I’ve watched parts of the heated arguments among Yes ‘alt media’ and various pundits drifting past for weeks. And I’m now seeing some posts, (which quite rightly call for cutting out any abuse), but do so in a way that, imo, seems most unlikely to resolve anything.
The intensity of the language, the raking back over years by some and the focus on individuals - neither ‘side’ is covering itself in any glory.
Amidst all this it’s very easy for misunderstandings to arise. For example, here the ‘blind-eyed’ members of the SNP leadership aren’t named and it’s not clear if they’ve been asked to comment? . . .
Nor is it clear how a series of repeat statements would help when the First Minster has very publicly condemned abuse in the Scottish parliament.
So there doesn’t seem to be a practical or substantive solution on offer in the ‘turned a blind eye’ statement, which seems to me to be, well, kind of turning a blind eye?
To add that, “only their party leadership have the political strength and credibility with the zoomers,” while not saying how this 'strength' is actually meant to work . . . where are the practical steps . . . it’s just not good enough to dis and go given the gold-plated salaries handed out to politicians.
The simple fact is Twitter controls Twitter accounts, not the Scottish Government. Realistically, if we wish to reduce online abuse we need to educate kids to use the Internet constructively and press Twitter to wire basic civility into their platform.
The same article goes on to note that:
“The Yes movement needs a hard reset. If we’re to be a movement which can take most of a nation with us, it’s time to show the door to those who think misogyny, homophobia, transphobia and vicious attacks are a price worth paying if they come from ‘one of ours’. Bigots and bullies aren’t my people and they shouldn’t be yours if you believe in a better Scotland.”
Does that include showing the door to politicians who routinely use terms like ‘robots’, ‘bayoneting’, ‘that wuman’? As for other commonly used terms like ‘cult’, sorry but unless you’re a psychologist or a psychiatrist what makes you in the slightest way trained to make such a judgement?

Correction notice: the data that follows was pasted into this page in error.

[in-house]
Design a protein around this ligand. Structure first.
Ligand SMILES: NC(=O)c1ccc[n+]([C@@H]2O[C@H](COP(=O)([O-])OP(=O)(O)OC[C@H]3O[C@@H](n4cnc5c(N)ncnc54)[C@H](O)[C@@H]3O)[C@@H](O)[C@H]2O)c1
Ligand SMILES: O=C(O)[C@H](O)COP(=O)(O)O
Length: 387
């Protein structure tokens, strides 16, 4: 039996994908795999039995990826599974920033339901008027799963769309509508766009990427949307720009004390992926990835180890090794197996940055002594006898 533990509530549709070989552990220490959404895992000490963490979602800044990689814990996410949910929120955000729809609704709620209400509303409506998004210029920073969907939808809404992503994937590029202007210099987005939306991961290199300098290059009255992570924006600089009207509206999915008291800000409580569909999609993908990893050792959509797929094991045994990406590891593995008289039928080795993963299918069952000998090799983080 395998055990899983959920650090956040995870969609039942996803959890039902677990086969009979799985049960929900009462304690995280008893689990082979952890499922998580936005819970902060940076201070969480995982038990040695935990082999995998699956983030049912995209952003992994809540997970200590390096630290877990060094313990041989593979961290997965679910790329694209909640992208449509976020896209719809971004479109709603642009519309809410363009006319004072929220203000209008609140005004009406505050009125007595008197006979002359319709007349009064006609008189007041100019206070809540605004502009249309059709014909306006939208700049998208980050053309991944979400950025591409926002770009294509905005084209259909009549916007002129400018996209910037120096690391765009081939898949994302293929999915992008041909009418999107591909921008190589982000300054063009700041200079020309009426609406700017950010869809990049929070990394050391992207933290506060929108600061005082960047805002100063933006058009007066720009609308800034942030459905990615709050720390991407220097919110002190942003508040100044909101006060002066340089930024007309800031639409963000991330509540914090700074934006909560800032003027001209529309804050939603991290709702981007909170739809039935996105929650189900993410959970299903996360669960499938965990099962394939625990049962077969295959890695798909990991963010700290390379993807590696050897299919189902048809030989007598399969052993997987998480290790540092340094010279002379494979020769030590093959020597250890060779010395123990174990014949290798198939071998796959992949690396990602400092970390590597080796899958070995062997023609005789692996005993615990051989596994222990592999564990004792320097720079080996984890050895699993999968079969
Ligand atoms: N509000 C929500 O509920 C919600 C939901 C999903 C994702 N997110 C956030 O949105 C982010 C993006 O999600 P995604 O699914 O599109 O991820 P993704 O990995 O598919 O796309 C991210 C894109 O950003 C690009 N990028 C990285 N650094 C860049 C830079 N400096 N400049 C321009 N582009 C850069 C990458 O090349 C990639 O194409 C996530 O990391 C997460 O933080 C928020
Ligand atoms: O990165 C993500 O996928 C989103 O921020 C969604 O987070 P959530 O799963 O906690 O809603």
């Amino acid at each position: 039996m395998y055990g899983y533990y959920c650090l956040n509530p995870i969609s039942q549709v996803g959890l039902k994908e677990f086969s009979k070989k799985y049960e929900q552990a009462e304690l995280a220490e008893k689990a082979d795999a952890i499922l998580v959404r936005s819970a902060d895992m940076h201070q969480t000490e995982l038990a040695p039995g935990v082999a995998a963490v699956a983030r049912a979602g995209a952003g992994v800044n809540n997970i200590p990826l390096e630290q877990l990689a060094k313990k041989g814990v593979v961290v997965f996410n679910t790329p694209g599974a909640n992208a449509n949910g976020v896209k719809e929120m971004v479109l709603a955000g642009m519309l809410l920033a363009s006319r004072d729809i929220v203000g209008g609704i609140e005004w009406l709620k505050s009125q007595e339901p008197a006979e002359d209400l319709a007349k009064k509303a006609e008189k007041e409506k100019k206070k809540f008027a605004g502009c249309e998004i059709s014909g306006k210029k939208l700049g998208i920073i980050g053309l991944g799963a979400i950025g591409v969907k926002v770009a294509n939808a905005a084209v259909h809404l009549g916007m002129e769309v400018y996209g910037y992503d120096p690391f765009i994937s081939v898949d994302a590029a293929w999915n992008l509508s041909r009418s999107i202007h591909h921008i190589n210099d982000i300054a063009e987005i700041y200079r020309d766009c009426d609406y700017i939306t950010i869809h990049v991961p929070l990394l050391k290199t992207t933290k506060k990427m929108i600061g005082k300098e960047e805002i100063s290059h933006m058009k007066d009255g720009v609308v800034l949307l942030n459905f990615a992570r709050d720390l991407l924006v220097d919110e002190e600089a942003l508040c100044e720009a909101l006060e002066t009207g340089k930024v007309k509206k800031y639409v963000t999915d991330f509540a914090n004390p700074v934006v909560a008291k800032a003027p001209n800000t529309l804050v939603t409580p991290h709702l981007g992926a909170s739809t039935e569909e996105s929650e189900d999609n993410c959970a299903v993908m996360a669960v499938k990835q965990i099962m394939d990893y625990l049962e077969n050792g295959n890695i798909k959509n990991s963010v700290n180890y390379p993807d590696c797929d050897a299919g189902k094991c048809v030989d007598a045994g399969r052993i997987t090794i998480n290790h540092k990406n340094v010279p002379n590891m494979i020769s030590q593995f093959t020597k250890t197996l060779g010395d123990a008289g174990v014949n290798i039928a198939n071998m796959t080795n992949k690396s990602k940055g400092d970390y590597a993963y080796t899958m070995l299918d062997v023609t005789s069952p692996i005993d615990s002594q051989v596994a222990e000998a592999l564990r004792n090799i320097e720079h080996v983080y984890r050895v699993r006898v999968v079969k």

(This from people who wearing badges and rosettes, while going round in gangs endlessly banging on about how things should all be done their special way?).
Some random guy on Twitter or running a blog isn’t a public servant, but politicians are and I’m afraid it’s very clear that some of those protesting about the behaviour of others certainly don't come across as shining beacons when it comes to standards in public life. However much they may themselves think so.
In addition, those who perhaps don’t appear to keep their own house in order might bear in mind that the subject of the most persistent and hateful abuse around is Scotland’s First Minister.
In other words, I for one could get the impression some politicians go round complaining about abuse while far from discouraging it through some of their own actions? The remarks and sneers may be less up-front than those of the online bloodhounds, but surely politicians should be completely distancing themselves from anything that might have any chance of triggering or endorsing abuse.
And that’s far from the worst of the hate in that article alone.
How does Yes get out of a cycle of political and media abuse . . . imo reject it and go round it.
If some politicians and alt media associated with Yes in 2014 aren't offering an agenda for constructive change maybe just lose them. To be honest I already largely have. A whole lot more gets done by putting some work in instead of wading through looping debates about topics that have little or nothing to do with actually gaining independence.
Certainly the SNP can be seen going to some lengths to keep themselves out of the bunfights; and any notion they can somehow call up Wings Over Scotland and censor someone doesn't seem to me to be taking the whole issue at all seriously.
Equally, it is not difficult to see the effort put in on Scotland's behalf by many among the SNP. Others, well if you've nothing to show for the last three years in terms of delivering for Scotland, why would anyone place any faith in you suddenly changing and adopting a constructive or productive approach?
Right now in Scotland from an update I received recently:
Put simply, there's no more time for politicians who go round calling people robots or cults to get a hearing. Either keep out of the sneer and smear or don't try telling me you're doing the job you're paid for.
As for Yes media . . . time to politely make it clear where you stand on Yes. If you're essentially lined up with Labour for Independence then just say. I don't see anyone getting in a flap about Labour for Independence, because the stall is clearly set out and areas of agreement on Yes can be distinguished from areas of party political disagreement. Equally, if you're a Green fan who doesn't get involved in direct participation in environmental activism, or a 'Left' fan who doesn't actively face up to the far right - that's fine, but maybe don't lecture to those who do.
Meanwhile, still the only outline plan anyone seems to have put forward so far to try to resolve any of this.
Glasgow Herald - Time to Show the Door to the Lunatic Fringe . . .
iNews - Kezai Dugdale, Nicola Sturgeon Clash . . .
Glasgow Herald - Catalogue of Threats and Abuse Against Nicola Sturgeon
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